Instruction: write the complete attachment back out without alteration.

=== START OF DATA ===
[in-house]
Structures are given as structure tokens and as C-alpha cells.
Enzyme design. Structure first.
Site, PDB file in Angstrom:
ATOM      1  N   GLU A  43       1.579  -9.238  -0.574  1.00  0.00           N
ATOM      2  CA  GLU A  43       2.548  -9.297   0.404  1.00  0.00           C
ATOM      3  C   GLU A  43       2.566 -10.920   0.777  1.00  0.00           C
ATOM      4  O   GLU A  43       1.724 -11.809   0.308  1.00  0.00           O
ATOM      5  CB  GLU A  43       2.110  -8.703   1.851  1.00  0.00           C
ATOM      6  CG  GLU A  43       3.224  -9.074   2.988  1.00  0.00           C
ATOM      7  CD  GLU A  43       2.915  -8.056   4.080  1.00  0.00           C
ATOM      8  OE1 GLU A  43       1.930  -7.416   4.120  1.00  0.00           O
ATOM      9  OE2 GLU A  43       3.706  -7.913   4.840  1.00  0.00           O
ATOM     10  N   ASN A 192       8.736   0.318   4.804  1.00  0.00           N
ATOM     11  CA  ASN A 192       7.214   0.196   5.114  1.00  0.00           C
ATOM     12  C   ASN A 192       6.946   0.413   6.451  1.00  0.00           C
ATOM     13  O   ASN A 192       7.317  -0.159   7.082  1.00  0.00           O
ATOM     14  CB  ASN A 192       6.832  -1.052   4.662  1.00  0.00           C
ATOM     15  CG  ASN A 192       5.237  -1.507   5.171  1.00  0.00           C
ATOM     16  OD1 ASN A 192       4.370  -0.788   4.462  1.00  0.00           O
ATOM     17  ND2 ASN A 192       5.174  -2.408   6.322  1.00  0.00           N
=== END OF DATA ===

[in-house]
Structures are given as structure tokens and as C-alpha cells.
Enzyme design. Structure first.
Site, PDB file in Angstrom:
ATOM      1  N   GLU A  43       1.579  -9.238  -0.574  1.00  0.00           N
ATOM      2  CA  GLU A  43       2.548  -9.297   0.404  1.00  0.00           C
ATOM      3  C   GLU A  43       2.566 -10.920   0.777  1.00  0.00           C
ATOM      4  O   GLU A  43       1.724 -11.809   0.308  1.00  0.00           O
ATOM      5  CB  GLU A  43       2.110  -8.703   1.851  1.00  0.00           C
ATOM      6  CG  GLU A  43       3.224  -9.074   2.988  1.00  0.00           C
ATOM      7  CD  GLU A  43       2.915  -8.056   4.080  1.00  0.00           C
ATOM      8  OE1 GLU A  43       1.930  -7.416   4.120  1.00  0.00           O
ATOM      9  OE2 GLU A  43       3.706  -7.913   4.840  1.00  0.00           O
ATOM     10  N   ASN A 192       8.736   0.318   4.804  1.00  0.00           N
ATOM     11  CA  ASN A 192       7.214   0.196   5.114  1.00  0.00           C
ATOM     12  C   ASN A 192       6.946   0.413   6.451  1.00  0.00           C
ATOM     13  O   ASN A 192       7.317  -0.159   7.082  1.00  0.00           O
ATOM     14  CB  ASN A 192       6.832  -1.052   4.662  1.00  0.00           C
ATOM     15  CG  ASN A 192       5.237  -1.507   5.171  1.00  0.00           C
ATOM     16  OD1 ASN A 192       4.370  -0.788   4.462  1.00  0.00           O
ATOM     17  ND2 ASN A 192       5.174  -2.408   6.322  1.00  0.00           N